Summer is almost here, the time for long days, BBQs, pool parties, walks on the beach, family vacations and, of course, the all-important Summer Reading List. When I was young, my sisters and I would participate in our local library's summer reading challenge. We would set weekly goals as to how many books we would read, and as we met the different goals, we would get different rewards (usually coupons to local restaurants and attractions). While I will by no means be reading the amount of books that I did back then (I usually hit 100 every summer), I have decided to read a set of books this summer that will challenge me in many ways; J. R. R. Tolkein's The Hobbit and The Lord of the Rings. There are three main reasons why I find these books so challenging:
  1. I have never read them OR seen the recent films, so the plots are almost completely new to me. Yes, I'm probably crazy to have walked this earth for almost 21 years and to never have even peeked between the covers, but that's the way it is.
  2. They are extremely long. I have read many long books and most of them were great, but challenging nonetheless.
  3. I have a lingering childhood fear of these stories, especially The Hobbit. This is probably the main reason for my having put these books off for so long.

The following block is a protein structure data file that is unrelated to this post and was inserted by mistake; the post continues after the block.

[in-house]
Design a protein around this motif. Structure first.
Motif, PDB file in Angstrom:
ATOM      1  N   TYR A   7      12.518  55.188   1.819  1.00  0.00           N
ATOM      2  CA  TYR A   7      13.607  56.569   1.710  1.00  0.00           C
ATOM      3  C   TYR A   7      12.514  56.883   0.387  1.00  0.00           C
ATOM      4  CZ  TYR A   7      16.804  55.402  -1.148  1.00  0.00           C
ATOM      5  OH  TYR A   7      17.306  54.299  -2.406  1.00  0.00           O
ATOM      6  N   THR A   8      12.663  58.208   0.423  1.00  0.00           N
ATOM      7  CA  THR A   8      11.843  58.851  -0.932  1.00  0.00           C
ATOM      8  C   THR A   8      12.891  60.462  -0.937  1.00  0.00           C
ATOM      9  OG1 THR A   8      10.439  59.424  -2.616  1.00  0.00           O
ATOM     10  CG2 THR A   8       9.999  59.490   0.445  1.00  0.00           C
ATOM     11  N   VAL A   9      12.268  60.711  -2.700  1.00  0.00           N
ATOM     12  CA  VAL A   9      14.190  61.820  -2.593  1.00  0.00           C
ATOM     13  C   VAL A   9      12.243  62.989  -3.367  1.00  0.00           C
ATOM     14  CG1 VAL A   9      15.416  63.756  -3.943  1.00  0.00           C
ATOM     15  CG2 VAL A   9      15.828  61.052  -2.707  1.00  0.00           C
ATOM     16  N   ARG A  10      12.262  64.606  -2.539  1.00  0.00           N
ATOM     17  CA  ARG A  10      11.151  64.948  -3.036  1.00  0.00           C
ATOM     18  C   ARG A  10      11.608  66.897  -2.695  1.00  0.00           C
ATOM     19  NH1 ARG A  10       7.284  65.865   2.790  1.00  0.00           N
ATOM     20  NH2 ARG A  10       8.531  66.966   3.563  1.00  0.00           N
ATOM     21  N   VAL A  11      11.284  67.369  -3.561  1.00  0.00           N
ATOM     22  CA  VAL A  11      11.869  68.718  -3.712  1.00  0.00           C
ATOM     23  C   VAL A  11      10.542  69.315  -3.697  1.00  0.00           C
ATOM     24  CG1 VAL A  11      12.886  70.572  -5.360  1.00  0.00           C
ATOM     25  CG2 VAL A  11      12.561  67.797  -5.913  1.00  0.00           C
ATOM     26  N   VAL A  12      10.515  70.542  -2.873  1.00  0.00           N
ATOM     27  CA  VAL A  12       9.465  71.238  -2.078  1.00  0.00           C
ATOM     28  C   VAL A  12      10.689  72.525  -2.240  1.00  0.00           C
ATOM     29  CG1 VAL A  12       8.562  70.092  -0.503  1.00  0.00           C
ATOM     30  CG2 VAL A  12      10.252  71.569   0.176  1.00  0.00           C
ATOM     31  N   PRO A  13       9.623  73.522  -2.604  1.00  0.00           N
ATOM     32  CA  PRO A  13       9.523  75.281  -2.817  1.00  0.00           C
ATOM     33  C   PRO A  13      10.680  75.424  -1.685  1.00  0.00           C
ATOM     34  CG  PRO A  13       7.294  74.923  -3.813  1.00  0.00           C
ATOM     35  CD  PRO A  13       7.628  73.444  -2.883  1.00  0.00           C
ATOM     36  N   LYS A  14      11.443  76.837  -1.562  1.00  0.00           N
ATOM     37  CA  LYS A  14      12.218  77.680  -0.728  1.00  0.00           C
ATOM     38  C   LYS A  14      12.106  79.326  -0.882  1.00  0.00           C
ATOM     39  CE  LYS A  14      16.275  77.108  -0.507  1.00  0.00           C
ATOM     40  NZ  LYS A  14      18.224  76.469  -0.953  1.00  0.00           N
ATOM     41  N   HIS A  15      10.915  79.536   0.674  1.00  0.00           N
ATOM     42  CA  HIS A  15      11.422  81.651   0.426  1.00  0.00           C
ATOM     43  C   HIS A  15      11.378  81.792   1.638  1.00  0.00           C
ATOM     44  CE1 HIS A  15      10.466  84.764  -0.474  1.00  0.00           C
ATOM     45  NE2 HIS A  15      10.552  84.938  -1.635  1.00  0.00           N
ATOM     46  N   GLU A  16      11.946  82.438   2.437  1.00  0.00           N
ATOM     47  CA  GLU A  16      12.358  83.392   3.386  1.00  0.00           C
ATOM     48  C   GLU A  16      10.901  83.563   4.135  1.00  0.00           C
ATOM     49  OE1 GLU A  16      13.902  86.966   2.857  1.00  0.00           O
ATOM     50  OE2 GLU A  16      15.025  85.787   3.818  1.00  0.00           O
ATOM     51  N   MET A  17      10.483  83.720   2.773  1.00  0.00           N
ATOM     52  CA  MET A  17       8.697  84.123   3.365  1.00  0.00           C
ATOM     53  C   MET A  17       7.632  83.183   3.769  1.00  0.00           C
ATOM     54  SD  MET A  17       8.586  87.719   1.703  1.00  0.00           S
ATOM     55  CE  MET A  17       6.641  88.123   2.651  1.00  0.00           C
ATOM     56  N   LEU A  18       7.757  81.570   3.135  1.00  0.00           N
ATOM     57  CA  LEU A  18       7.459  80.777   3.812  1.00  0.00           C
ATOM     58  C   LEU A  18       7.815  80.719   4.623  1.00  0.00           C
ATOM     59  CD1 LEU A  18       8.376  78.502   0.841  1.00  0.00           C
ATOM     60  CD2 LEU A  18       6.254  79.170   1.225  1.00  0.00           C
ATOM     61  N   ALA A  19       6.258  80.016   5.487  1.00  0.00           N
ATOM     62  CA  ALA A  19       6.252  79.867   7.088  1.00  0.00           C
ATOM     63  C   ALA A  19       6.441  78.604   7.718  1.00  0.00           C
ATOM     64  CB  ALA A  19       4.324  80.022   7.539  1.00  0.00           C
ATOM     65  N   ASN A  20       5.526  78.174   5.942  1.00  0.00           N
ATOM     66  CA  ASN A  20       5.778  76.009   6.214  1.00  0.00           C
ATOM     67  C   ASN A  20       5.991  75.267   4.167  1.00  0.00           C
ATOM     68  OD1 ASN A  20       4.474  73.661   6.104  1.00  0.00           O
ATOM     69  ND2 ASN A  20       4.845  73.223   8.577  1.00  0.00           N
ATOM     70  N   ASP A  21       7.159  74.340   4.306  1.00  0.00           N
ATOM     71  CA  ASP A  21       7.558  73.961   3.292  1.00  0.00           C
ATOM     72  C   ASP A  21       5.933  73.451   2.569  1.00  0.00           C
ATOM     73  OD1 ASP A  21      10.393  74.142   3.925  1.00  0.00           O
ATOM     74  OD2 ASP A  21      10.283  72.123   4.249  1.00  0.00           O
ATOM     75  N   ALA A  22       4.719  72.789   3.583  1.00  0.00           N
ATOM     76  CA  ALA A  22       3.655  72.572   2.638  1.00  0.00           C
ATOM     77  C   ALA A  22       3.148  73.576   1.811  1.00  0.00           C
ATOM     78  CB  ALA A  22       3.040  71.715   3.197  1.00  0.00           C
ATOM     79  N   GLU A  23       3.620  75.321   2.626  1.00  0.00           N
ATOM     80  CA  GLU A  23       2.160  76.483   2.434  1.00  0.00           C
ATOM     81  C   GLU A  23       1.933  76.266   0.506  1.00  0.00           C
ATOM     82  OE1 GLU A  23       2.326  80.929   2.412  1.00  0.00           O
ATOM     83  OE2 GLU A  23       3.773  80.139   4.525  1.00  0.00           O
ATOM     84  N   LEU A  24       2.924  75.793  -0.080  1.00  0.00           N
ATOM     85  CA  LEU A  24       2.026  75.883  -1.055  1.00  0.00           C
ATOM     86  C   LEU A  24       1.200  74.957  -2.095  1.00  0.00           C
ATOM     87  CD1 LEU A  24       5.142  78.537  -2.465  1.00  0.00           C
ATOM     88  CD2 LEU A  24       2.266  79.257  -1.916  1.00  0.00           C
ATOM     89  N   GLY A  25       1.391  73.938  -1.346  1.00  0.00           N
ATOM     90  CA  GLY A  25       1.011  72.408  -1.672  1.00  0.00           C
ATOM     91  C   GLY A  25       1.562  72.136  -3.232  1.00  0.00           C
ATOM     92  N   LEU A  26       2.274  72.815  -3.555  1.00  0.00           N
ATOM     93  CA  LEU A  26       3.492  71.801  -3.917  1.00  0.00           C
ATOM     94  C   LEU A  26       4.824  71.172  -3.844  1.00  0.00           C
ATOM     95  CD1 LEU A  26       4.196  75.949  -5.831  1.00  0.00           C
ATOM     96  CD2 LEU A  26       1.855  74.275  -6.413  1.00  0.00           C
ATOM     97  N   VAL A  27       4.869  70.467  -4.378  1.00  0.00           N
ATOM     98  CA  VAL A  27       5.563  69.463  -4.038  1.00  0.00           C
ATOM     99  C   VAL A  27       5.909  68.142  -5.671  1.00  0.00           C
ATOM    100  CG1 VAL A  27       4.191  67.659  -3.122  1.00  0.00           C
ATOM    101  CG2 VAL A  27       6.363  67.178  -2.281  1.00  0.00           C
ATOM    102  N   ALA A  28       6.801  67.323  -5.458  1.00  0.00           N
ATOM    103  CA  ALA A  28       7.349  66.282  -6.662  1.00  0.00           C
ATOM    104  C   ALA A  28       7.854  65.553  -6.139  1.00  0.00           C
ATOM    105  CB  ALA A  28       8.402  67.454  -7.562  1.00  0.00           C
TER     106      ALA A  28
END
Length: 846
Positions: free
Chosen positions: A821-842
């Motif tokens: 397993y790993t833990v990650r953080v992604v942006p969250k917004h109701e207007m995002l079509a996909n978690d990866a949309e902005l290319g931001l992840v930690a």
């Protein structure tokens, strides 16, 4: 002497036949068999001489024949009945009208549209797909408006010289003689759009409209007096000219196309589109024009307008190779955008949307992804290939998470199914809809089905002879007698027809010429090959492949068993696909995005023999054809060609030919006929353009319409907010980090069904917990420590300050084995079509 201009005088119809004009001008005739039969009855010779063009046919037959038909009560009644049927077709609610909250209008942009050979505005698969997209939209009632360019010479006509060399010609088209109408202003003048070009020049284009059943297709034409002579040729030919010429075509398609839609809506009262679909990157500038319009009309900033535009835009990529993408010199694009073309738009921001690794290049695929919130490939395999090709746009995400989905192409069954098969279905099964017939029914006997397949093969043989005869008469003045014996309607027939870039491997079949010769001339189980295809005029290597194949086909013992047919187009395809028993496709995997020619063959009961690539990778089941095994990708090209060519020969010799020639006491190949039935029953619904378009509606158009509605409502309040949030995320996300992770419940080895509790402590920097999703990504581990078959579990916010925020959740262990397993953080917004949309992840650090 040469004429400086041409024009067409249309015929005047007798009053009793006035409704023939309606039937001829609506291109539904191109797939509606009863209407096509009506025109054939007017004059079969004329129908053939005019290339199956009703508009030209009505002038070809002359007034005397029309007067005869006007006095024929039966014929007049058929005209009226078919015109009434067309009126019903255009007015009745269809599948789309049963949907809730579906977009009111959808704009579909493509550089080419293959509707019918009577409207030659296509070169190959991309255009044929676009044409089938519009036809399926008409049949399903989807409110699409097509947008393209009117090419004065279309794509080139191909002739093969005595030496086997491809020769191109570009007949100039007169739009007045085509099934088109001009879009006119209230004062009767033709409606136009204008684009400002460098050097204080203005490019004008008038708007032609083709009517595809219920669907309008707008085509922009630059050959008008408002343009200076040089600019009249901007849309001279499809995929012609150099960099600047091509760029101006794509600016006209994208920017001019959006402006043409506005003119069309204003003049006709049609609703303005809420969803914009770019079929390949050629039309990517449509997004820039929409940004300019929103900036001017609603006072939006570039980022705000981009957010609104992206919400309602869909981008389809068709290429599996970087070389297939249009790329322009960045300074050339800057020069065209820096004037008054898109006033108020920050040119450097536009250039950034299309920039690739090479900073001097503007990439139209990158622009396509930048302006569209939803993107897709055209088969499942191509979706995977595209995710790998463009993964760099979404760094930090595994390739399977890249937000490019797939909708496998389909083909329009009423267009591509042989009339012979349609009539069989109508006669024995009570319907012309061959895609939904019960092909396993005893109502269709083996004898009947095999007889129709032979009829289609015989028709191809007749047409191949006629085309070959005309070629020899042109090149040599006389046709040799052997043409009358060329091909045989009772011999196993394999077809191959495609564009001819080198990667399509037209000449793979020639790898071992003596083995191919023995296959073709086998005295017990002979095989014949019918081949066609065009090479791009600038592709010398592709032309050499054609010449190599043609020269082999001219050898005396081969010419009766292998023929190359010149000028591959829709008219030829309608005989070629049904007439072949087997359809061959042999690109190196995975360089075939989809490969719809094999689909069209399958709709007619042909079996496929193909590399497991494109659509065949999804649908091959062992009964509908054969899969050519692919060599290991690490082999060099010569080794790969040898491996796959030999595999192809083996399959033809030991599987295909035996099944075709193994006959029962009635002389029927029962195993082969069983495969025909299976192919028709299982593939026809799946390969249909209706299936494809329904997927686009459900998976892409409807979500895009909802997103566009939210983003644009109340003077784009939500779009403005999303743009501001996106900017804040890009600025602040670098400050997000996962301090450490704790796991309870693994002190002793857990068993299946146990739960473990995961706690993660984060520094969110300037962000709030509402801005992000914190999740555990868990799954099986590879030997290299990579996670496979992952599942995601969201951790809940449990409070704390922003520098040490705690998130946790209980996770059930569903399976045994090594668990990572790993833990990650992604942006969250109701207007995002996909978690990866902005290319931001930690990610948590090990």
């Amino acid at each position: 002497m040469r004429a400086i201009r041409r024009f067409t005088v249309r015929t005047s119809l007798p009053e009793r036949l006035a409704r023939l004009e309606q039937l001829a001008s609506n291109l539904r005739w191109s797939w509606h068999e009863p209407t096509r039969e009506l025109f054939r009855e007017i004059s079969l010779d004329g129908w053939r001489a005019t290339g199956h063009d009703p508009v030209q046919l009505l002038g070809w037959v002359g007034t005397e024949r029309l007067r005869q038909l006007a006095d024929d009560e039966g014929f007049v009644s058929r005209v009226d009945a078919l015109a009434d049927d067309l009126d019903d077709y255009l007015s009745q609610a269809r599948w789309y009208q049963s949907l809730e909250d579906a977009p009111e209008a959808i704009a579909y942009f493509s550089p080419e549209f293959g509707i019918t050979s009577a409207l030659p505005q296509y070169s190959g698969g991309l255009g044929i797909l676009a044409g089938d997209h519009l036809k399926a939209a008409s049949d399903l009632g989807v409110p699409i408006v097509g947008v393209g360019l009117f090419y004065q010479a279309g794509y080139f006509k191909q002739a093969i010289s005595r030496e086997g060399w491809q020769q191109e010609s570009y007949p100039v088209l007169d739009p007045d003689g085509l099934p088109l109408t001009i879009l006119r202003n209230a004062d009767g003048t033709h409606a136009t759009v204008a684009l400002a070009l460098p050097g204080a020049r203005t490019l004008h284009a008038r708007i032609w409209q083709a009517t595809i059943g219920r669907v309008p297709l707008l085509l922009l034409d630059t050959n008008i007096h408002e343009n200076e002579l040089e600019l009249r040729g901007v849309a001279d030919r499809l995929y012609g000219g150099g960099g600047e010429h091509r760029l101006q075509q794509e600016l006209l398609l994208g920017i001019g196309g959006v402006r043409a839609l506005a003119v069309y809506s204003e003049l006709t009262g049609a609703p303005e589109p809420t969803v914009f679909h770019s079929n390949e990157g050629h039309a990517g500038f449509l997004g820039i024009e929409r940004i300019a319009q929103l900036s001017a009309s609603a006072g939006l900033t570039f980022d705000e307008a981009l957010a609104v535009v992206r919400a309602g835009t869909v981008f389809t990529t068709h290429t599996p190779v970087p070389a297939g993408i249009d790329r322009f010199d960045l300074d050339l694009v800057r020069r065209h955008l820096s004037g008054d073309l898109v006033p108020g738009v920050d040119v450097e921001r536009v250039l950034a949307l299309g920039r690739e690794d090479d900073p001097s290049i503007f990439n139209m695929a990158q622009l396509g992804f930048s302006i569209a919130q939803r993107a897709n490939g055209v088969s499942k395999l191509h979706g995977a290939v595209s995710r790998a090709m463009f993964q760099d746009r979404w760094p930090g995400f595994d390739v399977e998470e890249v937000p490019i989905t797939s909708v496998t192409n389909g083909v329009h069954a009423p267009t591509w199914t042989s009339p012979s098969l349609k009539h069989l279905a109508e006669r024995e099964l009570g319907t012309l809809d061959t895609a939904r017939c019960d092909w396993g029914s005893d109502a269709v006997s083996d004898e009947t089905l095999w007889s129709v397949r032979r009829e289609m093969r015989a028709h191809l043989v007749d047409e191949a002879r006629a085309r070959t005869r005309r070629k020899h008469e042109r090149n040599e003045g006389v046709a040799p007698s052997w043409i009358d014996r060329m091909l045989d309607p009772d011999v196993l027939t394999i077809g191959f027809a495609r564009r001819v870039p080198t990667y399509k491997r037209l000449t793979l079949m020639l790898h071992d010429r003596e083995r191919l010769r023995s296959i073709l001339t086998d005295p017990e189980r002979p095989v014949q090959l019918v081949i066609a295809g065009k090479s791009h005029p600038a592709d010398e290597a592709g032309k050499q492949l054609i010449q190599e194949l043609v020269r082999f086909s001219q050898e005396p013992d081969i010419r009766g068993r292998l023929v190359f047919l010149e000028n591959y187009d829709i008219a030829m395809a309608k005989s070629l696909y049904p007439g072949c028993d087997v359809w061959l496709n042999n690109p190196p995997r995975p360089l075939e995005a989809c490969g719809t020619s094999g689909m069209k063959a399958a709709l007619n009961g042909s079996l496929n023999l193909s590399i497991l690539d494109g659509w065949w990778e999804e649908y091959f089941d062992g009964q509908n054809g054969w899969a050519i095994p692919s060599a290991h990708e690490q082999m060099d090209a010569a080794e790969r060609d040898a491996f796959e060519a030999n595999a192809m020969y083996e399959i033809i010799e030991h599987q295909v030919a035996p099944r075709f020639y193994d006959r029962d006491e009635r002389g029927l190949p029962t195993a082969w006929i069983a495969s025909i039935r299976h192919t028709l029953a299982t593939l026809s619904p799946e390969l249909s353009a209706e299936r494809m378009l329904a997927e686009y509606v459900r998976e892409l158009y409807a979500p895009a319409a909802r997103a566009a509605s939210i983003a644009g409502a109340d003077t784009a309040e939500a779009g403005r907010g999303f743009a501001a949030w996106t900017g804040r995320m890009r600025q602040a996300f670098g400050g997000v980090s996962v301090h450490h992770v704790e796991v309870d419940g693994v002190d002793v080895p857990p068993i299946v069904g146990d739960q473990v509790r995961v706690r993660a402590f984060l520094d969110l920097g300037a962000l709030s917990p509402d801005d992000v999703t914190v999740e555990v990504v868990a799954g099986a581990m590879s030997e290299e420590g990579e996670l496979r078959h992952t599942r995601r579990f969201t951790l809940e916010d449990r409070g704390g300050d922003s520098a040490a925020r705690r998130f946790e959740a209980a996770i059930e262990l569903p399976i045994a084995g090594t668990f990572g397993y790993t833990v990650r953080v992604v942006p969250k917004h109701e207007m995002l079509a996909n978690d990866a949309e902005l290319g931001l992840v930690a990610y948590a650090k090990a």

So, this is my reading challenge for Summer 2008. My goal is to finish by Labor Day. I'm not sure what kind of reward I'll give myself if I meet it, so feel free to offer suggestions. Do you have a reading list for this summer? If so, what's on it? If you need some ideas, allow me to suggest a few works that I have enjoyed.

  • The Moonstone. Wilkie Collins tends to be somewhat overshadowed by his famous mentor, Charles Dickens. But Collins had a few successes of his own, and The Moonstone is considered to be one of his best works. It is also the first true detective novel in the English language, and is said to have inspired most of the later detective novels including Sherlock Holmes.
  • The Celebrated Jumping Frog of Calaveras County and Other Sketches. A collection of Mark Twain's early sketches, many of which will leave you in stitches. My personal favorite is the one where the narrator is trying to get rid of his cold by any means possible. Hilarious.
  • Redwall. The Wind in the Willows meets The Lord of the Rings in this wonderful series by English author Brian Jacques. Though written for older children, these stories are great for adults too. My sisters and I love these books, and we especially like the audio books read by Brian Jacques himself. While not necessarily what some would consider great literature, they are real page turners that will keep you enthralled for many summer days.
  • Anna Karenina. I was introduced to Russian literature by this classic Tolstoy novel. Though not a short read (832 pages), Tolstoy's many characters, themes and plots are beautifully woven together in this literary masterpiece. This story continues to be one of my favorites.

Friday, May 9, 2008

Happy Birthday To:

James M. Barrie
May 9, 1860

"Nothing is really work unless you would rather be doing something else."